Standard Work for a Lean Stand-Up Meeting

The stand-up morning meeting is a daily ritual of many organizations on Lean journeys. The format for a Lean stand-up meeting varies depending on the group that is being brought together. I’ve discussed a format for cross-functional teams in one of my earlier posts. In this post, I want to discuss a daily meeting format for one’s “first” or primary, focused team.

First, let’s discuss some reasons or benefits of a daily team meeting:

  1. Celebrate progress and “Wow” moments
  2. Share mistakes and learning
  3. Share problems and roadblocks for progress
  4. Encourages team support and collaboration
  5. Remind and emphasize company vision, mission, or “true north” ideals

Here are some standard work items to consider for your Lean stand-up meeting:

Visual Management. Center the meeting around your visual management board. Every team’s board will be unique to that team and will continue to improve over time. If you don’t yet have a board, create something quickly and plan to refine over time. Don’t over analyze this; it should be an evolving tool. I’ve seen effective visual boards that comprised of nothing more than post-it notes on a blank wall.

Start-up Rituals. The opening to the meeting can start with standard questions such as below. These are the quick announcements that usually take less than a minute. Generally, the person opening the meeting will iterate through each question:

  1. Any WOW Moments?
  2. Safety Issues?
  3. Customer Issues?
  4. Visitors/Events?
  5. Other?

Daily metrics. Devote some time to review the current metrics and discuss any recent problems or trends. This will also be unique to each team and should only take a minute or two. For metrics changing less often, these could be discussed at the appropriate interval (weekly, biweekly, monthly, etc.)

Team Member Updates. Focused teams are hopefully small enough that each team member can give an individual update. These updates by each team member are for the team’s benefit; they are not specifically for the manager or supervisor. Often people want to give updates directly to their manager and everyone else practically dozes off on their feet. In order to get out of this habit, the facilitator/manager can ask questions applicable to others, or draw attention to items in the update specifically applicable to others on the team. Meanwhile, regular one-on-one meetings should give each team member the opportunity to get that direct feedback they may be looking for. A daily meeting should not replace the one-on-one time with the team member’s supervisor. The important point is that the value of the updates should be for the benefit of the entire group. Here are standard questions to consider for each person’s update (not necessarily all of them every day):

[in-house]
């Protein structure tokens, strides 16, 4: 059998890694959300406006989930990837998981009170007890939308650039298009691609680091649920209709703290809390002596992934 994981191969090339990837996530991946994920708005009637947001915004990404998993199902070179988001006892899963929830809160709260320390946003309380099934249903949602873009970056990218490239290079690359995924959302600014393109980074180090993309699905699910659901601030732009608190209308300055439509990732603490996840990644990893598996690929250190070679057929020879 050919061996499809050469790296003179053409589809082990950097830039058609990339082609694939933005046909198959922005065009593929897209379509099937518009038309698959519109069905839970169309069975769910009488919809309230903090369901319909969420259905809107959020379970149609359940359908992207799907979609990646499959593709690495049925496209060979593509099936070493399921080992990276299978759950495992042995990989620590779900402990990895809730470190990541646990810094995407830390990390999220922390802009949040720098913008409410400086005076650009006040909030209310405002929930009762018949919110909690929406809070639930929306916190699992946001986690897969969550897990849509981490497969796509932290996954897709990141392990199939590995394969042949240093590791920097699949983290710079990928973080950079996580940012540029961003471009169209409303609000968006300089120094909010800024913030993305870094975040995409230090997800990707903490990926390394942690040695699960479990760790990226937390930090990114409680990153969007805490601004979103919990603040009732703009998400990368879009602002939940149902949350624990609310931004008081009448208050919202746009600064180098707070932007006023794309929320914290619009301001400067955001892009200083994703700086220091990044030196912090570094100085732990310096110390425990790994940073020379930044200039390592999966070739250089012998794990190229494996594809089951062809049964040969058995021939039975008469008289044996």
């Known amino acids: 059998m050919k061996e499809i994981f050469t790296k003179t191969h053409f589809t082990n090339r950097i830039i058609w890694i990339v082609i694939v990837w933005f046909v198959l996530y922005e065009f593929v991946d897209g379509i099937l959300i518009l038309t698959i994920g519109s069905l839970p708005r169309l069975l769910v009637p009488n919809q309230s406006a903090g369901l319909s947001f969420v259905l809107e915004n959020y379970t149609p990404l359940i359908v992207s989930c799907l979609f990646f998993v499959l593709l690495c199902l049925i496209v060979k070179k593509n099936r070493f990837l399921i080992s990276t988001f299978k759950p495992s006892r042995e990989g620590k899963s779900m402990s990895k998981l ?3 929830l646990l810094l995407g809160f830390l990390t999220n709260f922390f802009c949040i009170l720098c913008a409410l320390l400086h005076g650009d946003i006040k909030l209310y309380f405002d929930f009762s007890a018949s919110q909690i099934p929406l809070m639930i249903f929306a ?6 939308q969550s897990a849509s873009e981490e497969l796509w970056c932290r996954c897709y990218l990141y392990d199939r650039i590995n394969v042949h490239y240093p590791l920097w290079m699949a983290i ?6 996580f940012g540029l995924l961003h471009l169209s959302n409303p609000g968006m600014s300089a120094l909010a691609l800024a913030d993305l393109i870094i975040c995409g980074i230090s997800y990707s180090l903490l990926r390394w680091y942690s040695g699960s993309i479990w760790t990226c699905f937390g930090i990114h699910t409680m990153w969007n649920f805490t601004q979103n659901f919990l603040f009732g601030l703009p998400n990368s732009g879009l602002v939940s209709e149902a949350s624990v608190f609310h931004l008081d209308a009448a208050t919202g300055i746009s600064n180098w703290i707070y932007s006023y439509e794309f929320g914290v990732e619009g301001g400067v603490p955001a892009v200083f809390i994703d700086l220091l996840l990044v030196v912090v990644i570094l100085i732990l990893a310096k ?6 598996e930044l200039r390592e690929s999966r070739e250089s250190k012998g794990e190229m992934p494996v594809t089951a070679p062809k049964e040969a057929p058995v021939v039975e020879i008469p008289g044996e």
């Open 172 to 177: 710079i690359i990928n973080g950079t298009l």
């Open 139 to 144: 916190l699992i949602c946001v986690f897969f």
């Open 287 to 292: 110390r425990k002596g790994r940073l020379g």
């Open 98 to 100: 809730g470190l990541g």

• What did you complete yesterday?
  • What did you learn yesterday?
  • What waste or opportunities for improvement did you find yesterday?
  • What prevented you from making progress on your priorities yesterday (what interruptions were there)?
  • What mood best describes you today: sad, angry, scared, happy, excited, or tender? (Note the acronym for this is “SASHET”). See this reference for more info.
  • What are your priorities today?

Time keeping. Have an accurate clock nearby to start and stop on-time. It’s important to respect everyone’s schedule and the daily meeting should not be an exception.

Closing Ritual. As a closing ritual, I share a success or motivational quote, a random science or space fact, or a riddle. This helps end the meeting on a light-hearted and fun note. When I come across something interesting I add it to a task list on my phone as a queue to present at the morning meeting.